A nation of news consumption hypocrites

The news and information that U.S. adults actually read doesn't always match up with the topics they claim they want covered more, according to data from traffic analytics company Parse.ly and an Axios/SurveyMonkey poll.

Data: Axios/SurveyMonkey poll, Parse.ly; Note: Media, celebrity, local news and transportation topics were not tracked by both data sets and were omitted from analysis; Chart: Andrew Witherspoon/Axios

The big picture: Entertainment and emotionally charged topics over-index on how much they are read vs. readers' stated coverage preferences. More academic, less personality-driven issues end up getting read less.

By the numbers: Demand is defined as the total number of views for a topic divided by the number of articles written about that topic.

  • According to traffic data pulled from Parse.ly's 2000+ publisher member sites for the month of May, demand is highest for news about politics and government, followed by sports and immigration.
  • But while the demand for those topics is high, most consumers said in an Axios/SurveyMonkey poll that they want more news about health care, followed by climate/environment and education. Respectively, those topics ranked 7th, 5th and 11th out of more than a dozen topics in terms of demand.
  • Similarly, only 5% of total U.S. adults surveyed said they want more sports coverage, but sports has the third-highest demand, according to Parse.ly.

Be smart: This behavior is a symptom of our era of passive news consumption: When news is sprinkled into our social media feeds and accessed in other on-the-go environments, the items that will satisfy us in that moment will be the ones that get clicked.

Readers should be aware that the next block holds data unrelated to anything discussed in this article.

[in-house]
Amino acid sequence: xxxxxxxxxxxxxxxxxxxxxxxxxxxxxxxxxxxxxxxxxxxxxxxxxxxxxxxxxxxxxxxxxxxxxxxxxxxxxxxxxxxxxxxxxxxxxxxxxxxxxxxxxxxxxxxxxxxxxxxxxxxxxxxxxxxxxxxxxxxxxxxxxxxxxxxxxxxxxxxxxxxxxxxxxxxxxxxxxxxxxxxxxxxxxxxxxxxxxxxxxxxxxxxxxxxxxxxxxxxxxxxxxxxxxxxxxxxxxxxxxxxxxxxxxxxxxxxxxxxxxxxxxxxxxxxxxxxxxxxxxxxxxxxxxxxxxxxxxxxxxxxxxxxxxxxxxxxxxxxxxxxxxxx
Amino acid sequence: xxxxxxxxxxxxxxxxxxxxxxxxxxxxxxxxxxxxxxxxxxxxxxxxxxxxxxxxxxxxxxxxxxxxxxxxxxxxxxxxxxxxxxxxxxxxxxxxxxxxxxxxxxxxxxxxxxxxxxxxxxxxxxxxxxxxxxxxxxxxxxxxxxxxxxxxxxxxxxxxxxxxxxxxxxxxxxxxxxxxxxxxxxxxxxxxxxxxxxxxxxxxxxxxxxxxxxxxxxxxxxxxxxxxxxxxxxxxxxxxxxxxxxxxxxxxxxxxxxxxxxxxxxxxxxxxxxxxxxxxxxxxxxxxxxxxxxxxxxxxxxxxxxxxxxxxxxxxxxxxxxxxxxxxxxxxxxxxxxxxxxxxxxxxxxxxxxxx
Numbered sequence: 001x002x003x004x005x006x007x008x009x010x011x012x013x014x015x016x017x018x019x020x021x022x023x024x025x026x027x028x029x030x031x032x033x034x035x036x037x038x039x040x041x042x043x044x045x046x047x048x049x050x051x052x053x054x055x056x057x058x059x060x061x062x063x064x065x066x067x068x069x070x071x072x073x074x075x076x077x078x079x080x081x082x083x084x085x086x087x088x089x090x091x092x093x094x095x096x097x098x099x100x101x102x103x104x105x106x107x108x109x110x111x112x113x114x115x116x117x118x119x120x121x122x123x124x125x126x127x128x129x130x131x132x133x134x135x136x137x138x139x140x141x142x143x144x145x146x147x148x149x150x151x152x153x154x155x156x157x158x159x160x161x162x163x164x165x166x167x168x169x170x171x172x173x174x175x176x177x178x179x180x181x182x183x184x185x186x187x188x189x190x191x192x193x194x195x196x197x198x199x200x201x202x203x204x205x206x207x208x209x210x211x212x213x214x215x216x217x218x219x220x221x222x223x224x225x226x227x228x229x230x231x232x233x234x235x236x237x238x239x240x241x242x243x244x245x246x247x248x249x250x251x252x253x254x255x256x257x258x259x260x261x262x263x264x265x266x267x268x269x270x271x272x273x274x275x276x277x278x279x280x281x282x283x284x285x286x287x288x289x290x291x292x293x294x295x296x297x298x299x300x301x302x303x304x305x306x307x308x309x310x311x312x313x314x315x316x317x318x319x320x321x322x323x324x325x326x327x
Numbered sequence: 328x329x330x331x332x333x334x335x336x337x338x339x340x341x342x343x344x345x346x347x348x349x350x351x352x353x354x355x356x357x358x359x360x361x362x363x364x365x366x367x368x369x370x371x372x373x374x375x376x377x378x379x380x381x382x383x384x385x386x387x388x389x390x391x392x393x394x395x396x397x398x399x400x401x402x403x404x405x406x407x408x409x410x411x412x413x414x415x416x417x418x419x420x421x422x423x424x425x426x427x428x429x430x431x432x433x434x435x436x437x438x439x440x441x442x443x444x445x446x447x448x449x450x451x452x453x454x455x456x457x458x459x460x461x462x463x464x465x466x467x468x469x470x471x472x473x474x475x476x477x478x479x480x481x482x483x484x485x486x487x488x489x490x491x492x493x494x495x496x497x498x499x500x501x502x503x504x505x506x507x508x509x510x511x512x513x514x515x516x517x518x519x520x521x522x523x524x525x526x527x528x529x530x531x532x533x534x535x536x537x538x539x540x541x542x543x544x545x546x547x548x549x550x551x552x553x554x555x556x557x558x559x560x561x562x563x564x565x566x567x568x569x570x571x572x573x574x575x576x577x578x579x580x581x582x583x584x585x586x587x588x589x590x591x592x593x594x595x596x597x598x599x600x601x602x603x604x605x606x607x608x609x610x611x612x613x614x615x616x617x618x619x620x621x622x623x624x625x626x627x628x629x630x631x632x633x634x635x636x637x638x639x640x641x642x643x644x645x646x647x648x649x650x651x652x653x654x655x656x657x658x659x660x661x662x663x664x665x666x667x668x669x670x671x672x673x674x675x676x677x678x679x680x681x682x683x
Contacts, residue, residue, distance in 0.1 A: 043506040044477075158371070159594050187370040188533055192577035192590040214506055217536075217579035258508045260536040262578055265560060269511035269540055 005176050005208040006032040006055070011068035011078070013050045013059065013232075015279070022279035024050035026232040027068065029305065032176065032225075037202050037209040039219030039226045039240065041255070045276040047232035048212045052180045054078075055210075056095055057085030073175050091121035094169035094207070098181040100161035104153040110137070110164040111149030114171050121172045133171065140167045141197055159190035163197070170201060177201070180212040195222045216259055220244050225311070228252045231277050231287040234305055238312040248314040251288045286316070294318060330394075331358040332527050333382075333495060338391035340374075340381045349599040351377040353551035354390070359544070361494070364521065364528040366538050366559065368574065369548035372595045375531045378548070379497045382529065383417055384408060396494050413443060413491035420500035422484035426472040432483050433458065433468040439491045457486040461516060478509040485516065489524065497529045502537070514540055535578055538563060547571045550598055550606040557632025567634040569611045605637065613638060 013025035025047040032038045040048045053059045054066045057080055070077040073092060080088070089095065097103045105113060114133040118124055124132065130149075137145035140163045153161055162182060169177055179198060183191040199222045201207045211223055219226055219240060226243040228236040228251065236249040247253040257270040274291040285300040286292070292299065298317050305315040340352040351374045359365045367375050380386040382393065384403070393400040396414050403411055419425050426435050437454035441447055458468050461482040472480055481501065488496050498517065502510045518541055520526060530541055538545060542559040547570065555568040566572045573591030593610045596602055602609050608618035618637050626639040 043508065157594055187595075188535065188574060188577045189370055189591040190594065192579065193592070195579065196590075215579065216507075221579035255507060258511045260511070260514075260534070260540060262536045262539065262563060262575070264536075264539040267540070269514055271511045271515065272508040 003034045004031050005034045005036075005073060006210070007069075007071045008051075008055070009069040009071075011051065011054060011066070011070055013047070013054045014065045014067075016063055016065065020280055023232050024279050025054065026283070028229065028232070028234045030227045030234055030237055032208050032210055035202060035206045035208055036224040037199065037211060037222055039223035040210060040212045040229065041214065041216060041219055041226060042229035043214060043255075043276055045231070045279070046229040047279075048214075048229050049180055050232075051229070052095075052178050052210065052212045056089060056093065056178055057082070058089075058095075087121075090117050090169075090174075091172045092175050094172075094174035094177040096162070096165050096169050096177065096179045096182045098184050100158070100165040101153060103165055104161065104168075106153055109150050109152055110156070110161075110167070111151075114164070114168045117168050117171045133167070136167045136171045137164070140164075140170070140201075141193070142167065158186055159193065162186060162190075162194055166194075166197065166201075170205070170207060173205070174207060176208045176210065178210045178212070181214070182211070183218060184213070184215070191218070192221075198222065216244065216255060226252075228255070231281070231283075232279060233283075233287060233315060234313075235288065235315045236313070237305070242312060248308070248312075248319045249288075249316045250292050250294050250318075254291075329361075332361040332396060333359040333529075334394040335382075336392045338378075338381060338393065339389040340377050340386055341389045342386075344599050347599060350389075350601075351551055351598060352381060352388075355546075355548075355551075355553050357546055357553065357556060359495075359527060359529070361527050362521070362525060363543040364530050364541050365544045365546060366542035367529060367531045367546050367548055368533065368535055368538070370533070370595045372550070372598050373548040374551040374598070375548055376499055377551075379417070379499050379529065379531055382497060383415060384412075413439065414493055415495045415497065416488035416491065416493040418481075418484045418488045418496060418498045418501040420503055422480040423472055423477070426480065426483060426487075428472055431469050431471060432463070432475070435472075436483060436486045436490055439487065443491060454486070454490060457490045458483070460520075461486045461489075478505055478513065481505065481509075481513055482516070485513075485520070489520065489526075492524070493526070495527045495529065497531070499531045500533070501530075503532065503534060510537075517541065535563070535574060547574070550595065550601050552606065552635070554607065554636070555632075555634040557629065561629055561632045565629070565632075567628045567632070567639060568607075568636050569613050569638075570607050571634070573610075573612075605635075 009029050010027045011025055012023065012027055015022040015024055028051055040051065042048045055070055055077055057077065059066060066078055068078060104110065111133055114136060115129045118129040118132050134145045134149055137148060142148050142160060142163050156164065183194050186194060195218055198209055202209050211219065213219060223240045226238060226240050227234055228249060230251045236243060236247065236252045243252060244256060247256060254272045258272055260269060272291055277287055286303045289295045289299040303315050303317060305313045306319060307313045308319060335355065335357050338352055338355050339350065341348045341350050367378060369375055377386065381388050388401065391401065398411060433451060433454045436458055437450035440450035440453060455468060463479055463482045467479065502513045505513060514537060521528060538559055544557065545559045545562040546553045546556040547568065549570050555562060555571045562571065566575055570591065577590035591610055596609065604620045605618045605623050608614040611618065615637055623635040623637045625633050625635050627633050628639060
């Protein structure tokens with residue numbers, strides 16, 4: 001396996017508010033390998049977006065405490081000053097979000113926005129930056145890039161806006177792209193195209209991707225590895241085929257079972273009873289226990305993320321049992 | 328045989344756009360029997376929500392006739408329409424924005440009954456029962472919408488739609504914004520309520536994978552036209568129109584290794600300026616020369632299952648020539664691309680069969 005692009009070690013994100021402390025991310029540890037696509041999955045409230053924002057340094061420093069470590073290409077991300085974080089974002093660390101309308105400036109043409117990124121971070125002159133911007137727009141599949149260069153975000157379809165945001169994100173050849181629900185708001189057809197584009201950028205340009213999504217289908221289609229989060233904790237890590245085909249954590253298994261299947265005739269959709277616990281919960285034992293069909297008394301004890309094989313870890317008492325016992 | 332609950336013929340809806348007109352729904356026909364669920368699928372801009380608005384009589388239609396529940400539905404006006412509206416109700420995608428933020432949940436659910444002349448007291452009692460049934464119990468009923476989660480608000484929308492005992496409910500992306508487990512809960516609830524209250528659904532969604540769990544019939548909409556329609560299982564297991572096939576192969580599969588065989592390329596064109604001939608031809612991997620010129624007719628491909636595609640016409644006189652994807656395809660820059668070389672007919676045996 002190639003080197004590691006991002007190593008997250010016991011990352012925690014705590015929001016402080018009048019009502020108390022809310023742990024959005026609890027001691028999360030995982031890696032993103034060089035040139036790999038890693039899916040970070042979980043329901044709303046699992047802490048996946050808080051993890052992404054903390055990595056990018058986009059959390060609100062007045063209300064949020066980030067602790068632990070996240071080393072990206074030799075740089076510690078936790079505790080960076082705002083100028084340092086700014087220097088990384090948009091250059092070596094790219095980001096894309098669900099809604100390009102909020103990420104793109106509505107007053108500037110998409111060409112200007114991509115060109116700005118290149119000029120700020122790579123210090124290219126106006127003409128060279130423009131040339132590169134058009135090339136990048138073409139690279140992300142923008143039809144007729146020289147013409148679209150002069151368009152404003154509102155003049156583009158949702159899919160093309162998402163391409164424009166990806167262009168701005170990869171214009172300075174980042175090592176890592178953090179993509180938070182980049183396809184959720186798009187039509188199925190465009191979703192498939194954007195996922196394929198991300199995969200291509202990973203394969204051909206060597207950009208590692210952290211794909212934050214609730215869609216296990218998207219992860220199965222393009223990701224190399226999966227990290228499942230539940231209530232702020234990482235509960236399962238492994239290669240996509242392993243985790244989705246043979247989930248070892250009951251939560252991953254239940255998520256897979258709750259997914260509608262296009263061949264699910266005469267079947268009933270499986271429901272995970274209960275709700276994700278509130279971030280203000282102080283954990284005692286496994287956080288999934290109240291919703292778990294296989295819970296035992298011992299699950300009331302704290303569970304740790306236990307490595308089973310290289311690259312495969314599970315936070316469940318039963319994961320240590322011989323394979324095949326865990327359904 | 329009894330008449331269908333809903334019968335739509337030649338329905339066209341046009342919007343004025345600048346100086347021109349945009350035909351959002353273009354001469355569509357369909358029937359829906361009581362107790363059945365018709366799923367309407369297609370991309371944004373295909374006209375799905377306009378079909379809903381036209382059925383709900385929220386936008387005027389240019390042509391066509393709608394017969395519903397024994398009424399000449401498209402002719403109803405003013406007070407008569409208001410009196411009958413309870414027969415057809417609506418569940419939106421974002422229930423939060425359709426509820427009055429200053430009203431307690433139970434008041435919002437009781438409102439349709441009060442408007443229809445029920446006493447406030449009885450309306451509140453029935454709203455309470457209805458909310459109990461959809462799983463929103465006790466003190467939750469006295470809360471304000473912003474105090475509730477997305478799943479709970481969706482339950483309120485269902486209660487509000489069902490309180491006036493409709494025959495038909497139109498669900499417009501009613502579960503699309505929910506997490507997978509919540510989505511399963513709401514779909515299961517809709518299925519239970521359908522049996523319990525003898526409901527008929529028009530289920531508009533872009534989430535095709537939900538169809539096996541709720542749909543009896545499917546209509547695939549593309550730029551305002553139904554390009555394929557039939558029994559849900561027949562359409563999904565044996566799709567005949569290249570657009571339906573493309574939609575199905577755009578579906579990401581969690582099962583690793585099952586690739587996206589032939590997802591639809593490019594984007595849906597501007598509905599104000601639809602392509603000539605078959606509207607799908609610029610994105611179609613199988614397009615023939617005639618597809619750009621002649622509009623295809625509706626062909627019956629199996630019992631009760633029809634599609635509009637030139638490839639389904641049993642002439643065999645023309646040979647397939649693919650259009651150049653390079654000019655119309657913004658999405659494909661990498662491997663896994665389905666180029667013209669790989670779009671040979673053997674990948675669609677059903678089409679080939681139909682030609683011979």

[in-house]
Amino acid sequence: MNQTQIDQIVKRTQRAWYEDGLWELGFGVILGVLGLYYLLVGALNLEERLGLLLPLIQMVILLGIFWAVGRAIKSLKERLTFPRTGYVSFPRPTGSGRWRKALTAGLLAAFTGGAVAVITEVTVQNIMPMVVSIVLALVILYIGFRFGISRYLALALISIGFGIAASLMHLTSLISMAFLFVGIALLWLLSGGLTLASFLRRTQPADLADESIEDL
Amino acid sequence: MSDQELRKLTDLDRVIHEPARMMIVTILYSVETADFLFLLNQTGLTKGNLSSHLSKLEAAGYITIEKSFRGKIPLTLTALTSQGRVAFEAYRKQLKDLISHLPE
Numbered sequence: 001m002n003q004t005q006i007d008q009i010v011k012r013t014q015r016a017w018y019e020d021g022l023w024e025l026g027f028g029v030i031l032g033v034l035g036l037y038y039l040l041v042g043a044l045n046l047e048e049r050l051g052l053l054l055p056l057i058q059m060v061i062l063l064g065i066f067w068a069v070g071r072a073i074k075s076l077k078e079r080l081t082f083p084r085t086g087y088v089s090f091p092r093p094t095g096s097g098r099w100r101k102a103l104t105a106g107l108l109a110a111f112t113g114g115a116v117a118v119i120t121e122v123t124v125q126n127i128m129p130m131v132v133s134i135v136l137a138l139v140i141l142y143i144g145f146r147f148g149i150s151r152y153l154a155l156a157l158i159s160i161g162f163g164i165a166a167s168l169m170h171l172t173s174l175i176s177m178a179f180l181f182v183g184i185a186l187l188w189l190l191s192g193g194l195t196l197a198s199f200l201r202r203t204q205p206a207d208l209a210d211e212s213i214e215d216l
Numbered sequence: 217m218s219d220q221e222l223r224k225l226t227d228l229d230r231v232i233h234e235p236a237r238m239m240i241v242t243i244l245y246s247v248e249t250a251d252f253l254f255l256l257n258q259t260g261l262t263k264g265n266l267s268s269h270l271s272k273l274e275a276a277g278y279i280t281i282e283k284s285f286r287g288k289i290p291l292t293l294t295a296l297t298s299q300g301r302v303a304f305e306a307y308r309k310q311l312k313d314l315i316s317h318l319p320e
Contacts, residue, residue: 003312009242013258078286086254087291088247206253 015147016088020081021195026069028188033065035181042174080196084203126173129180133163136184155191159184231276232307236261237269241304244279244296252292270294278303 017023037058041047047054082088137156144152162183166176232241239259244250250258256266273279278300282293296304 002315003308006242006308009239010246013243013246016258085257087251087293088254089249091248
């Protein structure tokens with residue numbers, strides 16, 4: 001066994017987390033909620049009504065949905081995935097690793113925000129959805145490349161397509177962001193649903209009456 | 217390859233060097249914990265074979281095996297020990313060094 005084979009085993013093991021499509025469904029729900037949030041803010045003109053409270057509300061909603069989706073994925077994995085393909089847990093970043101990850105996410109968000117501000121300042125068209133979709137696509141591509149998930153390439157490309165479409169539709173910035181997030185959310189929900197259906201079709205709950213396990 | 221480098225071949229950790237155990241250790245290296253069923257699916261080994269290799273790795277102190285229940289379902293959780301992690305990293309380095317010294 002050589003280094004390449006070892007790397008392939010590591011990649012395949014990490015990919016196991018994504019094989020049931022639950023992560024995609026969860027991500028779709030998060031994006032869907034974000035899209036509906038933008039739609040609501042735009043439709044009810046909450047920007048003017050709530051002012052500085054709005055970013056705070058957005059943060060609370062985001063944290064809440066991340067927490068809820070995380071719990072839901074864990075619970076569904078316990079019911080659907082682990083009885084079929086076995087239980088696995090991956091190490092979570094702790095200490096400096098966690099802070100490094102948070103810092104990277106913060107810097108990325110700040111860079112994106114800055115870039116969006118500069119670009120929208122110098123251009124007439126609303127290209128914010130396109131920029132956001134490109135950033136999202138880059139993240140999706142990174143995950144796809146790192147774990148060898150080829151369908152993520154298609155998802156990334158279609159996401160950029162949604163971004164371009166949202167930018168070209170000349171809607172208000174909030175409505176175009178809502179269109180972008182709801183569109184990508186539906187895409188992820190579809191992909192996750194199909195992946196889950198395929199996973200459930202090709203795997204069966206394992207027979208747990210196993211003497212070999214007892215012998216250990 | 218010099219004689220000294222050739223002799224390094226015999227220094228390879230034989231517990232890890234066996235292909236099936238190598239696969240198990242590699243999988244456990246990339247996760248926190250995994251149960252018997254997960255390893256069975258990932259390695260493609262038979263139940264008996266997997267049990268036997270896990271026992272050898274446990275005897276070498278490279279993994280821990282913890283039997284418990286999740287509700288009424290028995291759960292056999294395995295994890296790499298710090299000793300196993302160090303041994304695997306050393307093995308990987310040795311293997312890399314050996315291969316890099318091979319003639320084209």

• An acknowledgement of important topics for coverage doesn't translate to real reading behaviors, which tend to be less holistically considered and more spontaneous.
  • It's easy to blame the media for overblown media coverage, but it's only half to blame. Publishers have to respond to what people actually read — not what they say they want.
  • It's also important to note that individual topics will vary in interest from month-to-month based on the news cycle. Interest in a topic like national security can depend on how close it runs to other wrought issues, like the role of the president in the issue or a specific storyline.

The big picture: Media companies struggling to find their footing are looking for ways to better connect with consumers. This involves finding new verticals and topics to write about, as well as more innovative ways to cover traditional topics.

Our thought bubble: Successful subscription models are able to sidestep the traffic trap of covering easy-gratification topics for clicks by reaching audiences in more intentional consumption environments — newsletters, magazines and streaming services.

Additional Stories

Coronavirus dashboard